[Guest post by Noam Scheiber:]
On Sunday, Jon Chait cited one reason Democrats should relish the debate over repealing healthcare reform: public support for repeal appears to be dropping. Two days earlier, Jonathan Cohn hinted at another reason: Repeal is likely to divide the business community--a.k.a the GOP base--a significant portion of which prefers the health reform law over the GOP's nonexistent alternative.
Today, a piece in Politico highlights a third reason Democrats should be high-fiving themselves over the repeal effort: It unifies their party, whereas the initial healthcare push divided them in a lot of ways:
The Democrats’ message is also more cohesive now than the last time they voted on the legislation. Gone is last year’s contentious intraparty fighting over the public option, tax subsidies and dozens of other issues. Now, Democrats are united in defending the law.
Only four Democrats voted with Republicans in a procedural vote on the health debate this month. Nine other Democrats — all “no” votes on the Affordable Care Act — voted with their party this time on the procedural measure, arguing that there are at least pieces of the law that they support. They said they plan to vote against repeal.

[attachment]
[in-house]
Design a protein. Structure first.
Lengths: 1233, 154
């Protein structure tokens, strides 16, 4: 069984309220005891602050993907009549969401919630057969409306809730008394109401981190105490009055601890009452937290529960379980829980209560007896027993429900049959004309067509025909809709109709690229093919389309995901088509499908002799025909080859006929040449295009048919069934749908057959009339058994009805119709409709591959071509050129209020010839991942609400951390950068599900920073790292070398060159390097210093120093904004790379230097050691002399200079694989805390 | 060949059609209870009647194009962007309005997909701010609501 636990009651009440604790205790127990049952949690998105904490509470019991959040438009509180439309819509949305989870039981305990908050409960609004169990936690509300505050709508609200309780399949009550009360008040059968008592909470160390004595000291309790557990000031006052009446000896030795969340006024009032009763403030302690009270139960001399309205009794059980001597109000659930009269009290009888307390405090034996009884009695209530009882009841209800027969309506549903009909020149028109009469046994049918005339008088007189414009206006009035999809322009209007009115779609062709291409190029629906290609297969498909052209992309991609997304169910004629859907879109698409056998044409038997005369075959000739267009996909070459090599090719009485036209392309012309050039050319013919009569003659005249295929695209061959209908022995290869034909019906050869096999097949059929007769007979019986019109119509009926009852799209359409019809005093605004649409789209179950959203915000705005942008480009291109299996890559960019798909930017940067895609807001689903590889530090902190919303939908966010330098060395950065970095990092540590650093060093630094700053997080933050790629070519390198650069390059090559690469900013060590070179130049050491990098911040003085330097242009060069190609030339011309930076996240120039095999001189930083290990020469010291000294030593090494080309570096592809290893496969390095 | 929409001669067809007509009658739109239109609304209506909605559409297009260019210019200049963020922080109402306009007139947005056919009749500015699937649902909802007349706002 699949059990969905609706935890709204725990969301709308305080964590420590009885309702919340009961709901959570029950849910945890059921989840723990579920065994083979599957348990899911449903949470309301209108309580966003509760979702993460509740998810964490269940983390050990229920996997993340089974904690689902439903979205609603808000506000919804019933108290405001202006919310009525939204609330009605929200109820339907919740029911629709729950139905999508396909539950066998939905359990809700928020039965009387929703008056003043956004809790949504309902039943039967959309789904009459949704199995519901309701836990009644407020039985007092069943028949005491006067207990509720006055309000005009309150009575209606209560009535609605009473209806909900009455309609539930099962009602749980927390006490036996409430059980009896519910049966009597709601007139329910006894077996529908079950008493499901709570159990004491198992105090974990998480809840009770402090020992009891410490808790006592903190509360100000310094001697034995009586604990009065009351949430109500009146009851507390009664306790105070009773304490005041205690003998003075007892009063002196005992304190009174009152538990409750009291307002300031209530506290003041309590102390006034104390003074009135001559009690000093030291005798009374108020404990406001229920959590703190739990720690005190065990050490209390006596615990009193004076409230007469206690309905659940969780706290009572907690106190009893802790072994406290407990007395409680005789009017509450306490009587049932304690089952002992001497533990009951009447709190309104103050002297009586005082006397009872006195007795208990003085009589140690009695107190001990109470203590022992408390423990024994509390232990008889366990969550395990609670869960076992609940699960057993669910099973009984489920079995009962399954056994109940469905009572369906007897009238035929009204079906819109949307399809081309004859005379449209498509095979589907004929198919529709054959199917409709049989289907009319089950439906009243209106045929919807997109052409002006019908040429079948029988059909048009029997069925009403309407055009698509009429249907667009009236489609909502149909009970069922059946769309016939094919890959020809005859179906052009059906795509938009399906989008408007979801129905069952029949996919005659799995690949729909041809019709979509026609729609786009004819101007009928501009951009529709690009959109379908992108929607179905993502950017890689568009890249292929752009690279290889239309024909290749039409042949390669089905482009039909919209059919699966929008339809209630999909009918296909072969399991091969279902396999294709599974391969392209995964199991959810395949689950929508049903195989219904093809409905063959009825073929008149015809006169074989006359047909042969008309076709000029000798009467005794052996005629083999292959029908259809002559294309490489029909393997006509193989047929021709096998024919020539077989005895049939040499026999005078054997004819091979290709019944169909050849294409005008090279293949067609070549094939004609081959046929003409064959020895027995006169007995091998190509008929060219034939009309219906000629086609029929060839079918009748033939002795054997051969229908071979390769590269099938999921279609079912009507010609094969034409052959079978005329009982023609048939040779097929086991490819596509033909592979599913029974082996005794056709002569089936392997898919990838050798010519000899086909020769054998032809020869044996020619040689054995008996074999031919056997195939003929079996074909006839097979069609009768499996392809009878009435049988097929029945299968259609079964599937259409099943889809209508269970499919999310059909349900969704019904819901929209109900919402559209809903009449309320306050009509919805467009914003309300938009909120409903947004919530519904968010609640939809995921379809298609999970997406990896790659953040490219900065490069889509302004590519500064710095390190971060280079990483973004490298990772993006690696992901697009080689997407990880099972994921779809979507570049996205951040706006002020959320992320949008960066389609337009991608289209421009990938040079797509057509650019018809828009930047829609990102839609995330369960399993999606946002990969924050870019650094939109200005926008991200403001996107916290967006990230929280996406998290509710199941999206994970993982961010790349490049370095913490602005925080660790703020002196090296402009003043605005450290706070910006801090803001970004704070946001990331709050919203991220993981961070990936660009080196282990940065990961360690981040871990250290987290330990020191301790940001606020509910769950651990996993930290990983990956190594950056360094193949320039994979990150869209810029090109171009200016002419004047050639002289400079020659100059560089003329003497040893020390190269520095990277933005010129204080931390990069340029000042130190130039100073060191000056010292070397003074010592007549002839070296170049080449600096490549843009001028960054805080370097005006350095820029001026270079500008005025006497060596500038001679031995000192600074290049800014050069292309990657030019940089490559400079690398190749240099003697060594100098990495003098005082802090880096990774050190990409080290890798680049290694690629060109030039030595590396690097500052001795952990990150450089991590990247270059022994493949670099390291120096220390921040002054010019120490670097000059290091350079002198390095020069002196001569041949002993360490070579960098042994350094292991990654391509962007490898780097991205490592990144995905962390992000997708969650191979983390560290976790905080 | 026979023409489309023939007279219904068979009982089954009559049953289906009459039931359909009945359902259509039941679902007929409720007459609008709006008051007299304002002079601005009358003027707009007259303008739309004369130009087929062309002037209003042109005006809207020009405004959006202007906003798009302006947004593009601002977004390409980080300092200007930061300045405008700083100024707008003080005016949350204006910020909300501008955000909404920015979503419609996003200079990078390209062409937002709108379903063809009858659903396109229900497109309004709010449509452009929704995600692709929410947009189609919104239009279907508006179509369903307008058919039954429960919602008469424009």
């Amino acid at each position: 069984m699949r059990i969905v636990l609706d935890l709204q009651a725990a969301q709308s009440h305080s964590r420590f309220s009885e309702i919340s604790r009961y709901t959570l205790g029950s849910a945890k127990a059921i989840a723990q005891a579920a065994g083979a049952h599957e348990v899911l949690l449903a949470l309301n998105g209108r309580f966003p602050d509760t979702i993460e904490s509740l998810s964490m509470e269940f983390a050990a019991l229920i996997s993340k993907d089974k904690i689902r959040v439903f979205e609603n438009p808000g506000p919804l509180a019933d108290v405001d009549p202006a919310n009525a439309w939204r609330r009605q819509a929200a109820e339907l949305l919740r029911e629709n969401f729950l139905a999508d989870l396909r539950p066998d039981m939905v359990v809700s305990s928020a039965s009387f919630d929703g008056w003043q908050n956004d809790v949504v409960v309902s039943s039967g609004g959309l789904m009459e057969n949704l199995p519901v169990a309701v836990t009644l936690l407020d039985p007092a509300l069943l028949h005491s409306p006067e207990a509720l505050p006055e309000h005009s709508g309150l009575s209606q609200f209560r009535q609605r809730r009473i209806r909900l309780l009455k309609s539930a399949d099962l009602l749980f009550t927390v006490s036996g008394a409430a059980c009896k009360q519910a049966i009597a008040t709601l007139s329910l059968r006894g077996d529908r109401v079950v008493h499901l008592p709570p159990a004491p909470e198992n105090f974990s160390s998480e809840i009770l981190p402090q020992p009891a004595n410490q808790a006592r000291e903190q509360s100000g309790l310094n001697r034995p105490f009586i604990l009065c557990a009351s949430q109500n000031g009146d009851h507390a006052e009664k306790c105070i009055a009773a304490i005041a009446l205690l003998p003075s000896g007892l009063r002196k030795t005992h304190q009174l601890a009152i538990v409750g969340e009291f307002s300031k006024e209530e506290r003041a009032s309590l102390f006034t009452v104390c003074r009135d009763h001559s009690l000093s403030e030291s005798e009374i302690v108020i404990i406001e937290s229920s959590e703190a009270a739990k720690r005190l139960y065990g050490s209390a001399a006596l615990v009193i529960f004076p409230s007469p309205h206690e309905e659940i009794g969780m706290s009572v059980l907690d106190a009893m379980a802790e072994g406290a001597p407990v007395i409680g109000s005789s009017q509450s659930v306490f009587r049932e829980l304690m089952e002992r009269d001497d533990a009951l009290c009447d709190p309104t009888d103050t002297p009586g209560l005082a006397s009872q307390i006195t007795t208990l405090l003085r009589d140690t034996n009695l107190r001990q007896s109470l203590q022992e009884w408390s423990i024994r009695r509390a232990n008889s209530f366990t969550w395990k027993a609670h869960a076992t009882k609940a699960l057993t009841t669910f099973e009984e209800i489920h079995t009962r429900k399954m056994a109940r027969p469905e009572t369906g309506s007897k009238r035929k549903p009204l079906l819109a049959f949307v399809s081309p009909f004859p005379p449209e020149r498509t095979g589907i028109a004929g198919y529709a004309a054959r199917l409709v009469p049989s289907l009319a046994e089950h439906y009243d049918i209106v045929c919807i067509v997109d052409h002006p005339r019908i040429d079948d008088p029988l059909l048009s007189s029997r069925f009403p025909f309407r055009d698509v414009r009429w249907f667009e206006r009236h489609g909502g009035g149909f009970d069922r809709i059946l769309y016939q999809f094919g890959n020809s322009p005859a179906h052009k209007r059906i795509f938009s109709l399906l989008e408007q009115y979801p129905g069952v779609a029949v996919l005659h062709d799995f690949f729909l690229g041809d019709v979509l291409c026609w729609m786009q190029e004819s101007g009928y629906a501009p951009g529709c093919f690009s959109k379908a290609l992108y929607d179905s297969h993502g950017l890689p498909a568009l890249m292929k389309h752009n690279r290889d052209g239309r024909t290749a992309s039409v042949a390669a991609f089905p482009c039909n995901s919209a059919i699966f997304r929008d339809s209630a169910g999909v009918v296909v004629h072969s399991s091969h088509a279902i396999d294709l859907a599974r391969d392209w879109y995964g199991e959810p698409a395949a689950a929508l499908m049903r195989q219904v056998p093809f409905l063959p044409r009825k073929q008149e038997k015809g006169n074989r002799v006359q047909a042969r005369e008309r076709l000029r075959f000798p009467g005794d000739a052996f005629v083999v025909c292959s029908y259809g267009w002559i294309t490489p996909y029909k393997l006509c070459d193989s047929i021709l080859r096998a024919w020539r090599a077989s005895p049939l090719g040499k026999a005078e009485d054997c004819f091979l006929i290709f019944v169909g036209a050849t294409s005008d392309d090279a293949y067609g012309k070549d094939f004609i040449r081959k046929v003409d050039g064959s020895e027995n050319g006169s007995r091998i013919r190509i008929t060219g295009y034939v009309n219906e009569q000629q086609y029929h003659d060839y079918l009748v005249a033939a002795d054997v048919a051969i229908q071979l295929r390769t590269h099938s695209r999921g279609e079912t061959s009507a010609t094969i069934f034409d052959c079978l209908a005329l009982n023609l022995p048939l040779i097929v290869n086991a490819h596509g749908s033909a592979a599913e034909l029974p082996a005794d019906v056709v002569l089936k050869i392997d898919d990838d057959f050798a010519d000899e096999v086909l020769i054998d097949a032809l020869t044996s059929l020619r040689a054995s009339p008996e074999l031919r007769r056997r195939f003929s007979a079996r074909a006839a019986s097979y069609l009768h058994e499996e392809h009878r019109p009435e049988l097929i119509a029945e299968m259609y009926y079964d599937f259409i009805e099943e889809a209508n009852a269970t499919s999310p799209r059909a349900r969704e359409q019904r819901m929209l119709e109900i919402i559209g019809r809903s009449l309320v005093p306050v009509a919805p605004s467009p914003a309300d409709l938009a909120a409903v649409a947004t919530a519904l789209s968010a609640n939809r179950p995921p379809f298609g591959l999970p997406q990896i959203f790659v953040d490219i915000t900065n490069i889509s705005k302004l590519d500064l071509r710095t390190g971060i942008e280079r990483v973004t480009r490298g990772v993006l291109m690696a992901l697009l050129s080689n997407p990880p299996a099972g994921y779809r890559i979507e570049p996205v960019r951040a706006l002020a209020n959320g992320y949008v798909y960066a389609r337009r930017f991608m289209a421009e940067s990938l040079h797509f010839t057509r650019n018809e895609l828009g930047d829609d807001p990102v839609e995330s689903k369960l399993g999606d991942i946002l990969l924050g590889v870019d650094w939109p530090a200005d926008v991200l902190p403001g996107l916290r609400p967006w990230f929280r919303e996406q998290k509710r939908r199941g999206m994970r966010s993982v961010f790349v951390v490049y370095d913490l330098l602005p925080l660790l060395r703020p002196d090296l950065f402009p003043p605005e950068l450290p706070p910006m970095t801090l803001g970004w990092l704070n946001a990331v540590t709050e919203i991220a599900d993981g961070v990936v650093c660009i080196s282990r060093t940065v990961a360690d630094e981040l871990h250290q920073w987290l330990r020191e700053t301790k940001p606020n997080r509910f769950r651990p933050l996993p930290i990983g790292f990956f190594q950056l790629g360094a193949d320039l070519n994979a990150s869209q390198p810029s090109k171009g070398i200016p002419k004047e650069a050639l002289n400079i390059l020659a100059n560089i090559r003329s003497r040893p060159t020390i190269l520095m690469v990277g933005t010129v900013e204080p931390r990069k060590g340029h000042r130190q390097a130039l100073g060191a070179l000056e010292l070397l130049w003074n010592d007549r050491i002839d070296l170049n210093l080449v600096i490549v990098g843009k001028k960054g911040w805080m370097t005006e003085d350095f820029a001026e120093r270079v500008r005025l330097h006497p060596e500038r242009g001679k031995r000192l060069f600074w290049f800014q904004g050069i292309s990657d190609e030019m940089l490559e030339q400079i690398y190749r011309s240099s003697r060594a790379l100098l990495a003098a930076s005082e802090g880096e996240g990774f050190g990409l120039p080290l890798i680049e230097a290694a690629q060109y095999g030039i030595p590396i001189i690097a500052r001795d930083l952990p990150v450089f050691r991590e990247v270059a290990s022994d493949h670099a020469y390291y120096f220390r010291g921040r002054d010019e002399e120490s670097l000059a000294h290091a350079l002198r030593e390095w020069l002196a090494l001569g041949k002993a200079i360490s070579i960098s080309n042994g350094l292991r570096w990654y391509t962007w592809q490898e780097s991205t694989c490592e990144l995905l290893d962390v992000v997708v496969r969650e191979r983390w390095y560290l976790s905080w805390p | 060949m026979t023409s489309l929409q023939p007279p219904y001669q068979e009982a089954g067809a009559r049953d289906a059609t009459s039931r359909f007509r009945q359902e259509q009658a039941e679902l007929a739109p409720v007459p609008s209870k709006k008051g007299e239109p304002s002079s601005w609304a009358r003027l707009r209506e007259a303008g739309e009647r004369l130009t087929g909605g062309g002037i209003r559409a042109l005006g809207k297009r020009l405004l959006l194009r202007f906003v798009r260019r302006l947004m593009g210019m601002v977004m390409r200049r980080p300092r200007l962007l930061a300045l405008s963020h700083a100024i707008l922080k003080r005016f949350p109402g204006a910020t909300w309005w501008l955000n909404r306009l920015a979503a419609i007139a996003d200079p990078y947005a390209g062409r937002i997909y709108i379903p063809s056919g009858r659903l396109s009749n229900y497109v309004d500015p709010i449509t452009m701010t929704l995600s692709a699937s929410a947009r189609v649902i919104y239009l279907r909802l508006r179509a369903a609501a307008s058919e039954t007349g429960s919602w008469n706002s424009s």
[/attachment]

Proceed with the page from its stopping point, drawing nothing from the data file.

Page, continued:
Several groups that supported reform have followed their lead, unifying around defending the legislation from repeal and sharing personal stories to encourage support.
They, too, were divided at points in the debate, sometimes pushing competing agendas. Wednesday, many plan to hold a unity event in the Capitol to support the law and let consumers share how the law has benefited them.
And, of course, that's before you get to the basic behavioral proposition that it's much easier to frighten people about losing something (say, the right to healthcare if they have a pre-existing condition) than it is to sell them on something new (as in the original health care debate).
I'm sure it wouldn't be too hard to come up with reasons five, six, and seven, but you get the idea...